Last week, we said goodbye to a legend. We were warned it was coming, but it hurt all the same. Arizona Robbins left Grey’s Anatomy. I wrote a full review of her beautiful last episode immediately after it aired, but losing a character like Arizona is also deserving of long term reflection.
Arizona first rolled in on her wheelie sneakers and into our hearts halfway through season five, and by clocking in 228 episodes of Grey’s Anatomy, she became the longest running lesbian character in television history. In fact, she leaves every other lesbian on TV far in her dust.
Being lucky enough to have her on our screen every Thursday for nine seasons, being lulled into the normalcy of her presence, also sometimes means losing track of how groundbreaking it is to have an out and proud lesbian on television for 228 hours. That statistic becomes even more impactful when looked at in context: broadening our scope to at all queer women on television, Arizona’s record is only (barely) beaten by her ex-wife Callie Torres. The Latina bisexual badass and orthopedic surgeon graced our screens for 240 episodes. Together their romantic pairing, dubbed by the fans as “Calzona,” aired for 133 episodes — counting from their first kiss through their divorce. That makes them the longest running same sex couple in network TV. At the peak of their love story, over 12 million viewers turned in weekly.
It’s about more than the numbers. Arizona Robbins radiated energy and warmth when she was on the screen. She was sunshine and dimples. We watched Callie’s coming out journey unfold over the years, but Arizona arrived to us already sure of herself. In her own words, she was “super gay, the gayest of gays, LESBIANIC.” When she was staring at that poster of Cindy Crawford on her teenage bedroom wall, she wasn’t just looking at her mole, if you know what she means — and I think you do. Who else got to say lines like that on the most watched night of television?
Seeing a woman so carefree, effervescent, and matter of fact about their sexuality on television is still a breath of fresh air. It’s hard to find that kind of confidence in your every day life, especially sometimes for queer women who are still battling for full recognition from the world around us. Arizona was written to be the light tower in our choppy waters; it’s only fitting that she called herself “a good man in the storm.”
A good man in the storm — that’s what Arizona told Callie’s father the day she stood up to him. He was struggling with Callie’s late in life coming out. He was being cruel and quoting the Bible and doing so of the many things that our loved ones do because they are scared to open their minds and love us anyway. Arizona met him in the gallery of an OR room.
She didn’t raise her voice. She just looked out the window and unraveled her truth, “Most people think I was named after the state, but that’s not true — I was named after a battleship, the USS Arizona. I was raised to be a good man in the storm. Raised to love my country, love my family, and protect the things I love.”
Few queer people television history have loved as openly or as fiercely as Arizona. She was earnest. Not just about her love with Callie, though their story was epic. Not just the many, many romantic trysts she had around the hospital — ranging from the comedic (Noelle who wasn’t even gay before she met Arizona, but oooh she was that night. Twice.), to the disastrous (Leah Murphy), to the passionate (Carina DeLuca, Dr. Orgasm!). Arizona loved her friends. She loved her work and children. She loved her daughter, perhaps most of all. And she fought like hell for those things. When the time came, she turned her world upside down for Sofia. She protected what she loved.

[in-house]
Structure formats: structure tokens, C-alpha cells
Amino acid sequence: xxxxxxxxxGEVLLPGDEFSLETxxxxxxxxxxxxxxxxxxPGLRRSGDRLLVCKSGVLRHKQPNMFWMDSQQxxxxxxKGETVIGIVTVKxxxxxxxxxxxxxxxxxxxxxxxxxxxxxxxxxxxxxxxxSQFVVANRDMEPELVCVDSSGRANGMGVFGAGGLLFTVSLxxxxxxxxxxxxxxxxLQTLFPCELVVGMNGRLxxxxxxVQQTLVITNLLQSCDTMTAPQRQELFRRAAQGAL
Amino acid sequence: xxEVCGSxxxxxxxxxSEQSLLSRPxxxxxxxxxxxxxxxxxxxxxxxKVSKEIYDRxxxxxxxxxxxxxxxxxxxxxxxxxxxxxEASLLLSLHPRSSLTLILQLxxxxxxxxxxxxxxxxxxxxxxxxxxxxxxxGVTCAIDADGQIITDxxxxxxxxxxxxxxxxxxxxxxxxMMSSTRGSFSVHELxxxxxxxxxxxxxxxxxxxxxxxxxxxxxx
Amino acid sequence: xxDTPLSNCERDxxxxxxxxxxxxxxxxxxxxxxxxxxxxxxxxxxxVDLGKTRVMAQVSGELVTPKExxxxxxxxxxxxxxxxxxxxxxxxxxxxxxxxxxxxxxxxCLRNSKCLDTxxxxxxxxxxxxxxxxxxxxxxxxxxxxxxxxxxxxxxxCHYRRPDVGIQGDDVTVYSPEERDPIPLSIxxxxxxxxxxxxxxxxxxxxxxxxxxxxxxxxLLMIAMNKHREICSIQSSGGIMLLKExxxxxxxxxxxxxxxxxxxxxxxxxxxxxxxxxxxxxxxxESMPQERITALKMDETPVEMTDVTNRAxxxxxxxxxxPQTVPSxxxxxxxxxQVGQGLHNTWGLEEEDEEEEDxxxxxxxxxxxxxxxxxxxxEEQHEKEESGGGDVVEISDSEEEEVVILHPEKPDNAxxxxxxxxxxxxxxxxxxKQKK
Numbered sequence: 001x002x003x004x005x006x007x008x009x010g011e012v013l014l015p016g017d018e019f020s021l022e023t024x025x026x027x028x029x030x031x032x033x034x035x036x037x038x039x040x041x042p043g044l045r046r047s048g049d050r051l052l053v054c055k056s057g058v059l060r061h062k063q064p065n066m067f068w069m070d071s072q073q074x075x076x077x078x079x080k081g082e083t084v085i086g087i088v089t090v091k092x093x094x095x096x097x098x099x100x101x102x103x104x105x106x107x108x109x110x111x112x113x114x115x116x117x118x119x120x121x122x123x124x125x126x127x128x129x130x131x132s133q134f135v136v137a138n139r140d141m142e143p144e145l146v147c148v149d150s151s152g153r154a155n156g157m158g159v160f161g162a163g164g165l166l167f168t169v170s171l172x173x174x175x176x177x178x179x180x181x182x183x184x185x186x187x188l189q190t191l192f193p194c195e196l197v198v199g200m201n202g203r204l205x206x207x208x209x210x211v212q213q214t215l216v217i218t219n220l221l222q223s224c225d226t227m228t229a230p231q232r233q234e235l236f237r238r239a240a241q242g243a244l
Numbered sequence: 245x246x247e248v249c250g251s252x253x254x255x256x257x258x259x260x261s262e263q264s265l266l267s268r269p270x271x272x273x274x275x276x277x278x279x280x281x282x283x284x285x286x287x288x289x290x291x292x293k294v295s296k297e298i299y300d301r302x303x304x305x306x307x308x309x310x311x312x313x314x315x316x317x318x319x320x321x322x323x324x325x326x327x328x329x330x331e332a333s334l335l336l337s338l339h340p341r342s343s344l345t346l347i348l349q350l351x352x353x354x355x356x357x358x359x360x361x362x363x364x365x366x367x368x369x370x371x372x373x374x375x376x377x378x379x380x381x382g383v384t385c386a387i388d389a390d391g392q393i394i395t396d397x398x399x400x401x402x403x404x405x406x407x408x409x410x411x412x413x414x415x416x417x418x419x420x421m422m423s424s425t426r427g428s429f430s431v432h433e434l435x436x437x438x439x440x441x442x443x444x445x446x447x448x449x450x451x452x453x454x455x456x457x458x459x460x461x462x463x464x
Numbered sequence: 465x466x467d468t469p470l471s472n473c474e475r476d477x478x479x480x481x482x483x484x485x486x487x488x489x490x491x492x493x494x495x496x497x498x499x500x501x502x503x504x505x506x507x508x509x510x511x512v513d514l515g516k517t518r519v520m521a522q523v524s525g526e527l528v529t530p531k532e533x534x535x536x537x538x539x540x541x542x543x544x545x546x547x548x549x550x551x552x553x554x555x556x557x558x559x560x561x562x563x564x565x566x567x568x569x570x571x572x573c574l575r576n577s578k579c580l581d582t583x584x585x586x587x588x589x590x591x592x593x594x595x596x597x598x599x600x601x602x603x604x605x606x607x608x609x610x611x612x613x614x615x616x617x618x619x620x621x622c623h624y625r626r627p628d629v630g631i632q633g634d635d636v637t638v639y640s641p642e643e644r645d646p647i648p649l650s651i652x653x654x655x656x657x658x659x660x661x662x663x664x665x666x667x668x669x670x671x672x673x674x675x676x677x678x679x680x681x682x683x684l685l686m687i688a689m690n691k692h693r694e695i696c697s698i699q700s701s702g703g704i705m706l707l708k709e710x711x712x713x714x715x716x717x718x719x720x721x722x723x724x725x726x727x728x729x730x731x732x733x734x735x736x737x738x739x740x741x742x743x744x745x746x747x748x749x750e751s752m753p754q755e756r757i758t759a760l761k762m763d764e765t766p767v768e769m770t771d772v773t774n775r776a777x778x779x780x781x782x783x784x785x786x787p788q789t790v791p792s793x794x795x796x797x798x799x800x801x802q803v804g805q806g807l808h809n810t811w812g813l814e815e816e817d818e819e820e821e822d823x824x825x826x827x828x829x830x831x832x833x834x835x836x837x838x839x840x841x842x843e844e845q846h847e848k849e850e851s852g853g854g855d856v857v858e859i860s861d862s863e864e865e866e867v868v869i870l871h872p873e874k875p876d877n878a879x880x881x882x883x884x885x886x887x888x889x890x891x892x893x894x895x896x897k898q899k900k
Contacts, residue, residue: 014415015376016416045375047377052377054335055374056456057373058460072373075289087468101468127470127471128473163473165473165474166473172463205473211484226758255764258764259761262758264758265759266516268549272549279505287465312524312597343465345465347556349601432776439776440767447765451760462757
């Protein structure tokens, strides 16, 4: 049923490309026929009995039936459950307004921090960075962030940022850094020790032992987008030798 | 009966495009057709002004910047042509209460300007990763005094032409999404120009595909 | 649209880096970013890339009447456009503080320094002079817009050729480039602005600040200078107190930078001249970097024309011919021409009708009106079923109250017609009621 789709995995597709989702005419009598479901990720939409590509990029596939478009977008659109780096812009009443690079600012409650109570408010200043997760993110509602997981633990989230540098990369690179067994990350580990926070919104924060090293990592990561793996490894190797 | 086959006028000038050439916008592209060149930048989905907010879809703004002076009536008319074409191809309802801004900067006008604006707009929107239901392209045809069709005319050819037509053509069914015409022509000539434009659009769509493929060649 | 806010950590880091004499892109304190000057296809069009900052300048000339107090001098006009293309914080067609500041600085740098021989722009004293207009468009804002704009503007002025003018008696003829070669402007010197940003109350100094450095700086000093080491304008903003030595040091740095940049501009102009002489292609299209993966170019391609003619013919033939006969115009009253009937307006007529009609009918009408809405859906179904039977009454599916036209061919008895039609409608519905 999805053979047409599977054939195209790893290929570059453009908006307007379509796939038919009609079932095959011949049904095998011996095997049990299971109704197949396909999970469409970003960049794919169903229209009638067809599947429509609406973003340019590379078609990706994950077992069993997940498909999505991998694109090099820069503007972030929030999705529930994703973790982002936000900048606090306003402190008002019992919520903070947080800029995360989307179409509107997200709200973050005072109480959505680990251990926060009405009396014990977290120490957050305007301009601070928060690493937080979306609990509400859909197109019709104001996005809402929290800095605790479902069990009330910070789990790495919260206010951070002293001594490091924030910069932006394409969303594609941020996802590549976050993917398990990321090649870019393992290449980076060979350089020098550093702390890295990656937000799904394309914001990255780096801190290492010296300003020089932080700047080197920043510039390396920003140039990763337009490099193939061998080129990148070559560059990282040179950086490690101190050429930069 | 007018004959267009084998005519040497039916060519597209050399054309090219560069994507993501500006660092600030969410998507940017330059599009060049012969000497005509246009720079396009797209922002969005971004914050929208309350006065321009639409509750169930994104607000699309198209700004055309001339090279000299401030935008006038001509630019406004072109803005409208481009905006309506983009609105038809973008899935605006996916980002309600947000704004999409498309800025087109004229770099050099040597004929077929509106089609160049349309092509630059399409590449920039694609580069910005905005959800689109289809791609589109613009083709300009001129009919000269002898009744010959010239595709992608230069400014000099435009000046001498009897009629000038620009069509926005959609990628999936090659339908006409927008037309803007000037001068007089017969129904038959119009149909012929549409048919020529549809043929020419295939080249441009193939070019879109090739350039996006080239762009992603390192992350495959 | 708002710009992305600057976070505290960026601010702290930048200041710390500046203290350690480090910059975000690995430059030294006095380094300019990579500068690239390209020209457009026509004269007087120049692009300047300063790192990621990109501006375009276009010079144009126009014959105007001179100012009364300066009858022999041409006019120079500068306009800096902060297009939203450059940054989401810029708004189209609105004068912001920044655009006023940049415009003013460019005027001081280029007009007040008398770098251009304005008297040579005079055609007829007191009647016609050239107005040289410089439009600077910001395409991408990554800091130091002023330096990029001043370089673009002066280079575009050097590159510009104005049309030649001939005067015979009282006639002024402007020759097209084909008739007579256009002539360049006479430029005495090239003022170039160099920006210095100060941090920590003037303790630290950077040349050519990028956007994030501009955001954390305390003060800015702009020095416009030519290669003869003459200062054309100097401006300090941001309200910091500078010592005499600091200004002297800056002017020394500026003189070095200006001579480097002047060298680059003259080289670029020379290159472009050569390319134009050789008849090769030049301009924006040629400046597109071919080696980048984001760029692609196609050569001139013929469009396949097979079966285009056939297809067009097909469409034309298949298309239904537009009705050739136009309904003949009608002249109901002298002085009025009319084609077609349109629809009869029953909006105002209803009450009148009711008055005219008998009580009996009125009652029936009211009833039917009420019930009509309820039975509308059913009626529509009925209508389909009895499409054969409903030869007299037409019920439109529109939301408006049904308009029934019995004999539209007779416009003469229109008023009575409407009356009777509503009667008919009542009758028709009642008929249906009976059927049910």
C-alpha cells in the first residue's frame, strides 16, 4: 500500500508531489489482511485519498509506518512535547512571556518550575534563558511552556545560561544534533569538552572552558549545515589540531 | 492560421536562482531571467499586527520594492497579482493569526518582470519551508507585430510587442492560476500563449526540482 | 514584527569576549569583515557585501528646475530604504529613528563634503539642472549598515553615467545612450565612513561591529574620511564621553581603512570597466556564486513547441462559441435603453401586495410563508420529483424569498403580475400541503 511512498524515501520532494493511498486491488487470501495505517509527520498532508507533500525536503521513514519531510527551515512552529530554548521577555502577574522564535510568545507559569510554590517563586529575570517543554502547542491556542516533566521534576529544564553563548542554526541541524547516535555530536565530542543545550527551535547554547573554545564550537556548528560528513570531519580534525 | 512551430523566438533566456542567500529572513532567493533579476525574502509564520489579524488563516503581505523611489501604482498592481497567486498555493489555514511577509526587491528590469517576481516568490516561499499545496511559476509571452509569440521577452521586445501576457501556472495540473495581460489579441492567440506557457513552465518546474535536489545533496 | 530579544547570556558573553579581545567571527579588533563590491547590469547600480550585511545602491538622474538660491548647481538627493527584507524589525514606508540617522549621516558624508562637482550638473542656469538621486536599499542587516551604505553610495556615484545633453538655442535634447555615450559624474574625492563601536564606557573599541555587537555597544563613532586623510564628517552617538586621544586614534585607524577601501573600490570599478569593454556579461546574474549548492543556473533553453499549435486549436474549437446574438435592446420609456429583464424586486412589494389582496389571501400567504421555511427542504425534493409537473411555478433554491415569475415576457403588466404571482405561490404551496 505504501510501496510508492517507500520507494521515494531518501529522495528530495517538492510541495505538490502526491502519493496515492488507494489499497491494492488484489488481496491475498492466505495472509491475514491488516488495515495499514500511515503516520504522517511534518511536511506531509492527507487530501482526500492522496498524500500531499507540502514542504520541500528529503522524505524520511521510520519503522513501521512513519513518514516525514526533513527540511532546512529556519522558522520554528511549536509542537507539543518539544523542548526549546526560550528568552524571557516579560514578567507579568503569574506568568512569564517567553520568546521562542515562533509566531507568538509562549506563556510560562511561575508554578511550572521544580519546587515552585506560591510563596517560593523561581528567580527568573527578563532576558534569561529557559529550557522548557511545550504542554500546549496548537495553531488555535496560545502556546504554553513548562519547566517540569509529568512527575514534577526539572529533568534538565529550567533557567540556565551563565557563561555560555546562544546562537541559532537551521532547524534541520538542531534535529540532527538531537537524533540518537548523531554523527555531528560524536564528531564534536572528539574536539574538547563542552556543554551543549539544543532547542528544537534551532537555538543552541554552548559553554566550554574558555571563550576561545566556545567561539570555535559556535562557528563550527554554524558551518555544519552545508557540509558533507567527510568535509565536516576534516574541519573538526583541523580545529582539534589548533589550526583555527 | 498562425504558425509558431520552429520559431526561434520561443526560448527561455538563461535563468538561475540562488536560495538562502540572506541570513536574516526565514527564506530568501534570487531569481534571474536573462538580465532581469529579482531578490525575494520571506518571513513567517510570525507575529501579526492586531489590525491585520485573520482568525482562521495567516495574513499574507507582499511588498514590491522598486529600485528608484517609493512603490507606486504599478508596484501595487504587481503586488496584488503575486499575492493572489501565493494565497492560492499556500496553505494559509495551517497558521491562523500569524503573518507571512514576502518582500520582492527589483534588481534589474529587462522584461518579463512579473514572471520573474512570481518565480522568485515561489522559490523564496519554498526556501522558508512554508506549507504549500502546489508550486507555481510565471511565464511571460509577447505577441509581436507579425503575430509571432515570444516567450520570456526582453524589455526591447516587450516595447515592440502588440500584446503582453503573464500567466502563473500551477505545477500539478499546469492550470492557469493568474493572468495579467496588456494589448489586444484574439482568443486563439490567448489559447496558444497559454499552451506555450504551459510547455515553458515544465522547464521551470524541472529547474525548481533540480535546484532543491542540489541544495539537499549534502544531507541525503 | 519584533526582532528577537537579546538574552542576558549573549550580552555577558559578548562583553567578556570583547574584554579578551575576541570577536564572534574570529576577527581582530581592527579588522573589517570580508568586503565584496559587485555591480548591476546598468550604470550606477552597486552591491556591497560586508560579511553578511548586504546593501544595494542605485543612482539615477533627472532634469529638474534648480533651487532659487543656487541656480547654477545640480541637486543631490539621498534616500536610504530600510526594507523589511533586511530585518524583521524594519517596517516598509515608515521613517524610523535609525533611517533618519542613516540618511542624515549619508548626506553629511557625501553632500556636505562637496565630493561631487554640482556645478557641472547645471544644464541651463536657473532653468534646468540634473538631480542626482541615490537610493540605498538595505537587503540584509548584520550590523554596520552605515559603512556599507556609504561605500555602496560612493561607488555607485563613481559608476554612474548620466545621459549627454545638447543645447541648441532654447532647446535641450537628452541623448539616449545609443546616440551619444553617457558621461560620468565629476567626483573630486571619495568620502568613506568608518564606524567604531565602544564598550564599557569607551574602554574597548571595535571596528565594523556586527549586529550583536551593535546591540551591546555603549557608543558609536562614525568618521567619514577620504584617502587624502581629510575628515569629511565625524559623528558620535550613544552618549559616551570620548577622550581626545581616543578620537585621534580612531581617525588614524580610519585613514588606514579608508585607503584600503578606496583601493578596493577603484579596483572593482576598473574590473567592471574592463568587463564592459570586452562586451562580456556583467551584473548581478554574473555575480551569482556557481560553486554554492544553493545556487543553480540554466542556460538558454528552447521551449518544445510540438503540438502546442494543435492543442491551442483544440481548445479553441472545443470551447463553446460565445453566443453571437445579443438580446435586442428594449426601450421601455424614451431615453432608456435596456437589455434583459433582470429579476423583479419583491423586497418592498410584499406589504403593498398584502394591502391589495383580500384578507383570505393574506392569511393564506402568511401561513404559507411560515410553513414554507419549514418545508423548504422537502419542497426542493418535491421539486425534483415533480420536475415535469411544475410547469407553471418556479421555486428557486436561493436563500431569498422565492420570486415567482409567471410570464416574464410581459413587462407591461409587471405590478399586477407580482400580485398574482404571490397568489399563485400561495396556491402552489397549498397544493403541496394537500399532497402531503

That’s not to say that her character was always happy. When her leg was amputated following season eight’s infamous plane crash, Arizona was wrecked with depression and PTSD. She lashed out. She caused pain. She was downright mean to her wife. In a moment of selfishness, she cheated on her. That too was a lesson for us. The sun can sometimes find itself lost in the darkness. And it can find its way out once again.
Perhaps the best part of Arizona’s legacy is that even though she’s taken her final bow, it’s far from over. Every month, 200,000 people on Netflix start Grey’s Anatomy over from the first episode. Thanks to the streaming service, 2.4 million people a year discover the show for the first time. When I was finding my way out of the closet, I would watch The L Word in secret and the hurriedly cover my tracks so my mother wouldn’t know. Grey’s is stealth. Can you imagine how many queer girls will stumble on this show and be able to watch it openly? Who will see a hopeful, positive glimmer in Arizona of who they want to be? Who will cling to it at a time in their life when they need it most? Who will binge it on their laptops or phones, make memes, share clips with friends? The breadth of this show’s impact, it boggles the mind.
Arizona did her part to lead the way in a cohort of seven queer women on Grey’s Anatomy. They make up the largest grouping of their kind in network television. Over the course of 14 seasons, there have been four queer women regulars — Arizona, along with Callie Torres and Erica Hahn, who each preceded her, and Leah Murphy for a few seasons in the middle. There’ve been three queer women reccurring characters — Penny Blake, Eliza Minnick, and Carina DeLuca. That history couldn’t have happened without Arizona.
So, goodbye Arizona Robbins. And thank you. Thank you for being A Good Man in The Storm.